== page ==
The Kitchen

The Kitchen
The Kitchen
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The Kitchen is a near-future dystopian story about affordable housing and nearly impenetrable police states in London. Starting from the problem of unaffordable homes, we witness how “the kitchen” can almost be read as a damning prophesy for what our society will look like when the gap between rich and poor increases to even worse extremes.

In the Kitchen, which is a mutated stack of buildings like those one could have found in Hong Kong’s Kowloon Walled City, Izi (Kane Robinson) resides. The Kitchen, located away from inner-city London, is where city’s poorest people live and often experience fierce violent raids by the police. Working at Life After Life futuristic funeral service based in the city center allows him to pay off his debts. He works here with other women who are tasked with turning people into trees after death because they cannot afford proper burial services. Anticipating that his community is on the brink of a final takeover from the government, they have been prepping and saving up to move out of the Kitchen. On his own Izi has no friends but acquaintances; this fact is underlined later in that he did not know that close friend had a daughter. He lives only for himself so when recently orphaned Benji (Jedaiah Bannerman) crosses paths with him things become complicated.

The next thing you know there’s a boy clinging to him: first at Life After Life and then inside “the kitchen” itself where ultimately he gets involved with a group of young activist thugs called vigilantes. Because he felt that Izi needed protection, Benji formed an attachment to him one day while staying over at his place which keeps Izi connected to ‘home’. They must all face their own personal conflicts together against backdrops of increasing raids on their residence; hence both boys are being shown what it means to journey through life again but now with someone else for Benji.

The direction of Kaluuya and Tavares is the film’s best aspect by far. From kinetic scenes of staggering tension to meditative sequences that peek into the characters’ interiorities, the film never wavers on its emotional efficacy. The Kitchen world building was done quite well; it is named so because when an invasion comes, all they do is bang spoons against pots and pans. There are lots of colors ranging from rusted stone walls to neon lights as well as a lot of other shades in between when visiting the underground party scene.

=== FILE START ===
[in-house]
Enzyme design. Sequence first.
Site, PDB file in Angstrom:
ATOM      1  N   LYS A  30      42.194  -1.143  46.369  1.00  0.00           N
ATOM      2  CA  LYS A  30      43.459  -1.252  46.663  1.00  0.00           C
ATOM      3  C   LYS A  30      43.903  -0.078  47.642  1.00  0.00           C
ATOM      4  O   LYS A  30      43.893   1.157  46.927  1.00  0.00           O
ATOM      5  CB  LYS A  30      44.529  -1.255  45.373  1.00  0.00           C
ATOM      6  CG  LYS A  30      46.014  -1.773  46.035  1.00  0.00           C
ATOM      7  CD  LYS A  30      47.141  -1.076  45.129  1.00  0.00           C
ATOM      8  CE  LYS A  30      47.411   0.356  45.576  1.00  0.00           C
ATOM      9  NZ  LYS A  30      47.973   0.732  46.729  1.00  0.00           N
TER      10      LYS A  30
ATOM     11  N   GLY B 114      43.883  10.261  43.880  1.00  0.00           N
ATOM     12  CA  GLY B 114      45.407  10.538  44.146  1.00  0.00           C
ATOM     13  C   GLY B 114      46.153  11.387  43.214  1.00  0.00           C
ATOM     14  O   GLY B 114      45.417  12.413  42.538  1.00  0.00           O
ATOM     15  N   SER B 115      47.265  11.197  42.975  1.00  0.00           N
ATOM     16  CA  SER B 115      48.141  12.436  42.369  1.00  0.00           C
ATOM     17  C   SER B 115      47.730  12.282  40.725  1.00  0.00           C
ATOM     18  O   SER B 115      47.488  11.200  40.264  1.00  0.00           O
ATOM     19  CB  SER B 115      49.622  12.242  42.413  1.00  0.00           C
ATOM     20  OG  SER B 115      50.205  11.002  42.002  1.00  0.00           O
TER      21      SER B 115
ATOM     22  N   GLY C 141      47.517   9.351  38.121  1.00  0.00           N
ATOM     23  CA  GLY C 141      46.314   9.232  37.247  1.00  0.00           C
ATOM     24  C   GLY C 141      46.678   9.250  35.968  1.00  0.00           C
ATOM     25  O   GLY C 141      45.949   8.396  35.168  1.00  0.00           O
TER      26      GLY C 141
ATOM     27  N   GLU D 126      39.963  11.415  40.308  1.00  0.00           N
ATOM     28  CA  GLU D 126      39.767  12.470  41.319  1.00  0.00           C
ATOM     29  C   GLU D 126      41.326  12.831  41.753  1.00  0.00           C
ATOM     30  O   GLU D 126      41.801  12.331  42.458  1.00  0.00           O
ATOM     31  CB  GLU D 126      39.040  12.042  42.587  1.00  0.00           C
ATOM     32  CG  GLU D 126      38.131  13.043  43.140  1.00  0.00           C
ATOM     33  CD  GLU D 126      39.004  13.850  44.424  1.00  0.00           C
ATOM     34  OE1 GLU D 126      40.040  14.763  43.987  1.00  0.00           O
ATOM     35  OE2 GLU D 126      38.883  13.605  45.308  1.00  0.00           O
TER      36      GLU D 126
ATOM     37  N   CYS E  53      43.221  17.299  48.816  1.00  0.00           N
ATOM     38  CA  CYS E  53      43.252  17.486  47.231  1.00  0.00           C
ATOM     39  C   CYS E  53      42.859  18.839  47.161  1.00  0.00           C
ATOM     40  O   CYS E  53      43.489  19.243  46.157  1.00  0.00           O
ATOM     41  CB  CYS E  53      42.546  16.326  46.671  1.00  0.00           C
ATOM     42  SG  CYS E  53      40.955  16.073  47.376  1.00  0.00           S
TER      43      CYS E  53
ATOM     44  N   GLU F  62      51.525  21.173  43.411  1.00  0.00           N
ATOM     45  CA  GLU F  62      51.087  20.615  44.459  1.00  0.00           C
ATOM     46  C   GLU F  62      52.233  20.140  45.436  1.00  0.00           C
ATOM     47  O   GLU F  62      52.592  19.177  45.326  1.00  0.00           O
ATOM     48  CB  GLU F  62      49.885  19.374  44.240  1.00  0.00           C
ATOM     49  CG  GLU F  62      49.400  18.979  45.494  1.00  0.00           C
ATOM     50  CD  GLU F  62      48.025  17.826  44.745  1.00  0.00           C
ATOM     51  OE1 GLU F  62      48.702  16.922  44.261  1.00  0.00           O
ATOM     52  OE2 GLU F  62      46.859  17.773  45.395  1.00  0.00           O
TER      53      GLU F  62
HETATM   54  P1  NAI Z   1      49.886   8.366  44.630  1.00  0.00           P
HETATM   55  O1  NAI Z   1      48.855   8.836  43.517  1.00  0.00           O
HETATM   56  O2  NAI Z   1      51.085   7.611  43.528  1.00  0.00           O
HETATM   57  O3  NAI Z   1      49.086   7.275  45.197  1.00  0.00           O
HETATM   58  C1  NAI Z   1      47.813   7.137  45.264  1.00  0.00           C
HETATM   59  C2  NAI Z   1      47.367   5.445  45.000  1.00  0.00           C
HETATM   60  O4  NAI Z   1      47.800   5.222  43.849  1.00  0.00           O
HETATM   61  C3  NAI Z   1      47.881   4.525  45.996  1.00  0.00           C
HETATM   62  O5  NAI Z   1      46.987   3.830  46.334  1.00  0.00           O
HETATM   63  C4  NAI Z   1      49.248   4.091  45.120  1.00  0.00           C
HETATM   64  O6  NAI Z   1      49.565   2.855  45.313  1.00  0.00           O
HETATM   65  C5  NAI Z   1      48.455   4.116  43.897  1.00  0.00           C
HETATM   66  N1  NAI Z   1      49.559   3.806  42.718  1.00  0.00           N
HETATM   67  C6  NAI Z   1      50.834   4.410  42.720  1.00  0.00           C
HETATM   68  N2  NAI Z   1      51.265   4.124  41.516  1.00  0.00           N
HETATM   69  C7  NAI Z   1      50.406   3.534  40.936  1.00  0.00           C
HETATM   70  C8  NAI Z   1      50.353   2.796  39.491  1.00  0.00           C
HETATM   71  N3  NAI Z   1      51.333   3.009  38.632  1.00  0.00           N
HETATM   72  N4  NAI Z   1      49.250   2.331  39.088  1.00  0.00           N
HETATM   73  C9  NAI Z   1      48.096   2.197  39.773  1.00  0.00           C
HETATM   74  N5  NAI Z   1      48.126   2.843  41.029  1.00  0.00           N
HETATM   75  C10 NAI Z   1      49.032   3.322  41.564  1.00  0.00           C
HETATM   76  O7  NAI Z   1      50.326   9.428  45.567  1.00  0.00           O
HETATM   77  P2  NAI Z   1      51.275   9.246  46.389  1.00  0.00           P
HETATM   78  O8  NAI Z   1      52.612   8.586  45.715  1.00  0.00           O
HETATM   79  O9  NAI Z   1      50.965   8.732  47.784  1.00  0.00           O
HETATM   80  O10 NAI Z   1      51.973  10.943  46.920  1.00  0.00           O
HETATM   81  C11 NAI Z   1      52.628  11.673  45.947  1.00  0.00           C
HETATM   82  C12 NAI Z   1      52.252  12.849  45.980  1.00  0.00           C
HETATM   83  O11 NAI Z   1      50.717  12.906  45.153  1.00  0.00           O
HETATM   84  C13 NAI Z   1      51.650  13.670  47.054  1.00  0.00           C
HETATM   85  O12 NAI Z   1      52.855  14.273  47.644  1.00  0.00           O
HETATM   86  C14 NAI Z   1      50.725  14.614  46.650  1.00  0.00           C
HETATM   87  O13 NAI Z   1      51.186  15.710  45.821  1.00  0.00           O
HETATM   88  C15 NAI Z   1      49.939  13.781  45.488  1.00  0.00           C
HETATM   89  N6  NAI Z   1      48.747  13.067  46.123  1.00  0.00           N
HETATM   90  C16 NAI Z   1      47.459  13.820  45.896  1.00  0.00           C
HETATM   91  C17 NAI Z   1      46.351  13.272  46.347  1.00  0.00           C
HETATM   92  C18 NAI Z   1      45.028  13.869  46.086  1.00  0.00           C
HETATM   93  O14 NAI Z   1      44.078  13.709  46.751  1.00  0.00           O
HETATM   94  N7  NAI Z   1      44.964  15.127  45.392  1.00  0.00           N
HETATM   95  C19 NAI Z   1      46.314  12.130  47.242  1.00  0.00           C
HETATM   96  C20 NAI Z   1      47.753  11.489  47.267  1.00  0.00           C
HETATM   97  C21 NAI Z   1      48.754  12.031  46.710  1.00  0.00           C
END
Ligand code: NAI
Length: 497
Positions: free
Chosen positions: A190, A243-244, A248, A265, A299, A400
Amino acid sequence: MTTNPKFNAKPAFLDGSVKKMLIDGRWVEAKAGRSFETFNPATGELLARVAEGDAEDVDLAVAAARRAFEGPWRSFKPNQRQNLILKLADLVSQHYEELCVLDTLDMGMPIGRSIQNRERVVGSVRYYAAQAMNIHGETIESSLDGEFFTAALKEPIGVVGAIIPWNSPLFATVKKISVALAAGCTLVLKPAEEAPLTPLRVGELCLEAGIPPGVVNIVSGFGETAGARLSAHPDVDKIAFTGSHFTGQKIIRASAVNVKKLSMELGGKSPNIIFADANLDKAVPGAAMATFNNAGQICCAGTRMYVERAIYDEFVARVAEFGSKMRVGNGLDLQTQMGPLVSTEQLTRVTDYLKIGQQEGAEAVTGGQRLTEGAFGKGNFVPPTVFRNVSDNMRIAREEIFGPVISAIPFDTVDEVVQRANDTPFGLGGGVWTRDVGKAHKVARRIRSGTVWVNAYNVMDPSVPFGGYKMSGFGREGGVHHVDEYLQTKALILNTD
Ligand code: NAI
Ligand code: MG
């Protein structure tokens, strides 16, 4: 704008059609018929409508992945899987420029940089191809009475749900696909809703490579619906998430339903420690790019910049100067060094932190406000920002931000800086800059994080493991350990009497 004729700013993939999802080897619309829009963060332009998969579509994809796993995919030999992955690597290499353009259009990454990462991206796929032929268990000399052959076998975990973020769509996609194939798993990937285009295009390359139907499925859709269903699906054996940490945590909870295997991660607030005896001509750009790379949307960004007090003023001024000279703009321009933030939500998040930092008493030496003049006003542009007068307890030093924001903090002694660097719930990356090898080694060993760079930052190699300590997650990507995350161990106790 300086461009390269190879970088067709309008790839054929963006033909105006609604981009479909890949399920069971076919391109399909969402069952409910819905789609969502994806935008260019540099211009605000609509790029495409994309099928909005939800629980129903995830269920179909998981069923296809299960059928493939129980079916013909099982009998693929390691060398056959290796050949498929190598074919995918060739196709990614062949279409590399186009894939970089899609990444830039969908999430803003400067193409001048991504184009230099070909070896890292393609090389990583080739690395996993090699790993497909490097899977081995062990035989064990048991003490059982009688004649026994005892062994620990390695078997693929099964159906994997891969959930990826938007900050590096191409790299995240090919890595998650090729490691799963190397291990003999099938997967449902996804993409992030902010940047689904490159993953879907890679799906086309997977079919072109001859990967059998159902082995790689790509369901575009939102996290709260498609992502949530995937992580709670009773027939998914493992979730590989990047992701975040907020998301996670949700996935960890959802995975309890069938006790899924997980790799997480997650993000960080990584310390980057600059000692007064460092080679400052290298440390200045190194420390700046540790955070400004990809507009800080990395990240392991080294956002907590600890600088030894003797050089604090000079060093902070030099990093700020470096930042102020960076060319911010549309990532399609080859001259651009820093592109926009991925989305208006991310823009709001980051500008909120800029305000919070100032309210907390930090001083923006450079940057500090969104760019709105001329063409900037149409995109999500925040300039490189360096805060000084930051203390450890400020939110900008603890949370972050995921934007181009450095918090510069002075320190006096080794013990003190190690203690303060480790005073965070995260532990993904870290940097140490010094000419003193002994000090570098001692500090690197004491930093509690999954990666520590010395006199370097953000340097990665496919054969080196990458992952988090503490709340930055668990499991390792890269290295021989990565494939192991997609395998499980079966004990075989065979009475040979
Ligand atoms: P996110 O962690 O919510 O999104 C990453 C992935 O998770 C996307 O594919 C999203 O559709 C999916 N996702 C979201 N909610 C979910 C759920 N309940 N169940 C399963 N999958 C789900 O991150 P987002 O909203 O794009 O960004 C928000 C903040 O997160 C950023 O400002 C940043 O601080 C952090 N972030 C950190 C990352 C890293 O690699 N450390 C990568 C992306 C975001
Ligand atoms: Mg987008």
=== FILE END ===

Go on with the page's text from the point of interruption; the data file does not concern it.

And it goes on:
“The Kitchen” could have just been another film that showed the culture of this community as being nothing but tragedy and suffering. This would have made it so much easier to brand it as a heartrending symbol of poverty, but it doesn’t go that route at all. It appreciates the existence of life, and yet there are inconspicuous elements that validate the thoughtful exposition of its world. Early in The Kitchen, we see that water has been cut off from one side of this vast estate because they are no longer under the city; there is also a constant hum of police drones invading their space. These are not overt plot points but peripheral details which reflect both resource scarcity and excessive monitoring in such neighborhoods. The film also spends a considerable time exploring everyday human comedy, slipping in such instances of growing up as Benji’s first kiss attempt. Further comic relief comes through Black cultural references; from playful rap battles to roller skating rink and great music selections by Sampha and David Ruffin.

Bannerman and Robinson’s performances do come across as subtly hinting at what their respective characters may be thinking or feeling inside themselves. While still displaying this extremely plausible bond between two individualistic figures who finally met one another. Bannerman plays an innocent character who provides an interesting contrast with Robinson’s indifferent behavior; consequently, they seem to trade-off their attributes quite well.

However, despite its highly immersive world-building effort as well as direction, sometimes “The Kitchen” script itself becomes entangled within its own complexities thus biting off more than it can chew. The play is a little too unclear And even though one might call these some loose ends left open for interpretation, they feel simply unanswered like not knowing what sequels will follow next.” On the other hand, after Izi leaves (and indeed before), this script does not go back over its own steps to remind us how much thought went into creating the universe wherein these characters live, thus leaving everything unresolved.

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